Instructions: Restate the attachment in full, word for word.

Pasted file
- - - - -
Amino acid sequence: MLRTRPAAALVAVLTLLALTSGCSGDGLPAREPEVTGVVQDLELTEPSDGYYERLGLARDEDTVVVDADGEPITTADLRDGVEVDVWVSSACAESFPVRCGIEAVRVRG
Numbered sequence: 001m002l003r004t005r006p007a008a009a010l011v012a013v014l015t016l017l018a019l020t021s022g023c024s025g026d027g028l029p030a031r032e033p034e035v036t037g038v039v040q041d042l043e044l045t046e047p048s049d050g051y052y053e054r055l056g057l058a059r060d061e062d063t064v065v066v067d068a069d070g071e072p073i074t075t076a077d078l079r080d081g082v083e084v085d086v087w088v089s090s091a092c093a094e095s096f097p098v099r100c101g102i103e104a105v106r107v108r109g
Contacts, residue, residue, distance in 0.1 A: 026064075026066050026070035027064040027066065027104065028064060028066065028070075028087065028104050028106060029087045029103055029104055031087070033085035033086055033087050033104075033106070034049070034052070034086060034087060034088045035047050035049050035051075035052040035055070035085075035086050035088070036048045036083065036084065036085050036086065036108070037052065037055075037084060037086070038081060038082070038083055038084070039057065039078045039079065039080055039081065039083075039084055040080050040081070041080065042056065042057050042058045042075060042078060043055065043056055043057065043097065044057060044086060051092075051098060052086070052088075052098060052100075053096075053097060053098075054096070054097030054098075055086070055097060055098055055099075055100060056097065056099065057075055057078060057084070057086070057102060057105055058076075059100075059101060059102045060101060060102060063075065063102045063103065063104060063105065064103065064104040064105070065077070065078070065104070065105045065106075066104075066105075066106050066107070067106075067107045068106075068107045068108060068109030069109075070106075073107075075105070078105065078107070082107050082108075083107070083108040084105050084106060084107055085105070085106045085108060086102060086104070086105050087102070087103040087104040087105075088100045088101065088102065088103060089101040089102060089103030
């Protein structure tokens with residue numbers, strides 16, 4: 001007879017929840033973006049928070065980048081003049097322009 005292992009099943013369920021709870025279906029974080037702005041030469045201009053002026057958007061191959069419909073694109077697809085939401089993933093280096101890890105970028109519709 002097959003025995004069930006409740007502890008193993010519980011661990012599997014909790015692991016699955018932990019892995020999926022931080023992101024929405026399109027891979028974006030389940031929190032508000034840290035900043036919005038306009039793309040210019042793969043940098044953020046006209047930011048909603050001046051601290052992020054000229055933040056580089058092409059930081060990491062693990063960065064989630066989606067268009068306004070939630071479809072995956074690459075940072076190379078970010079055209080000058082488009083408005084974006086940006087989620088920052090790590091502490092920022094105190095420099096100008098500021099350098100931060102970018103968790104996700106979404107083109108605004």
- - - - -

Amino acid sequence: MLRTRPAAALVAVLTLLALTSGCSGDGLPAREPEVTGVVQDLELTEPSDGYYERLGLARDEDTVVVDADGEPITTADLRDGVEVDVWVSSACAESFPVRCGIEAVRVRG
Numbered sequence: 001m002l003r004t005r006p007a008a009a010l011v012a013v014l015t016l017l018a019l020t021s022g023c024s025g026d027g028l029p030a031r032e033p034e035v036t037g038v039v040q041d042l043e044l045t046e047p048s049d050g051y052y053e054r055l056g057l058a059r060d061e062d063t064v065v066v067d068a069d070g071e072p073i074t075t076a077d078l079r080d081g082v083e084v085d086v087w088v089s090s091a092c093a094e095s096f097p098v099r100c101g102i103e104a105v106r107v108r109g
Contacts, residue, residue, distance in 0.1 A: 026064075026066050026070035027064040027066065027104065028064060028066065028070075028087065028104050028106060029087045029103055029104055031087070033085035033086055033087050033104075033106070034049070034052070034086060034087060034088045035047050035049050035051075035052040035055070035085075035086050035088070036048045036083065036084065036085050036086065036108070037052065037055075037084060037086070038081060038082070038083055038084070039057065039078045039079065039080055039081065039083075039084055040080050040081070041080065042056065042057050042058045042075060042078060043055065043056055043057065043097065044057060044086060051092075051098060052086070052088075052098060052100075053096075053097060053098075054096070054097030054098075055086070055097060055098055055099075055100060056097065056099065057075055057078060057084070057086070057102060057105055058076075059100075059101060059102045060101060060102060063075065063102045063103065063104060063105065064103065064104040064105070065077070065078070065104070065105045065106075066104075066105075066106050066107070067106075067107045068106075068107045068108060068109030069109075070106075073107075075105070078105065078107070082107050082108075083107070083108040084105050084106060084107055085105070085106045085108060086102060086104070086105050087102070087103040087104040087105075088100045088101065088102065088103060089101040089102060089103030
């Protein structure tokens with residue numbers, strides 16, 4: 001007879017929840033973006049928070065980048081003049097322009 005292992009099943013369920021709870025279906029974080037702005041030469045201009053002026057958007061191959069419909073694109077697809085939401089993933093280096101890890105970028109519709 002097959003025995004069930006409740007502890008193993010519980011661990012599997014909790015692991016699955018932990019892995020999926022931080023992101024929405026399109027891979028974006030389940031929190032508000034840290035900043036919005038306009039793309040210019042793969043940098044953020046006209047930011048909603050001046051601290052992020054000229055933040056580089058092409059930081060990491062693990063960065064989630066989606067268009068306004070939630071479809072995956074690459075940072076190379078970010079055209080000058082488009083408005084974006086940006087989620088920052090790590091502490092920022094105190095420099096100008098500021099350098100931060102970018103968790104996700106979404107083109108605004």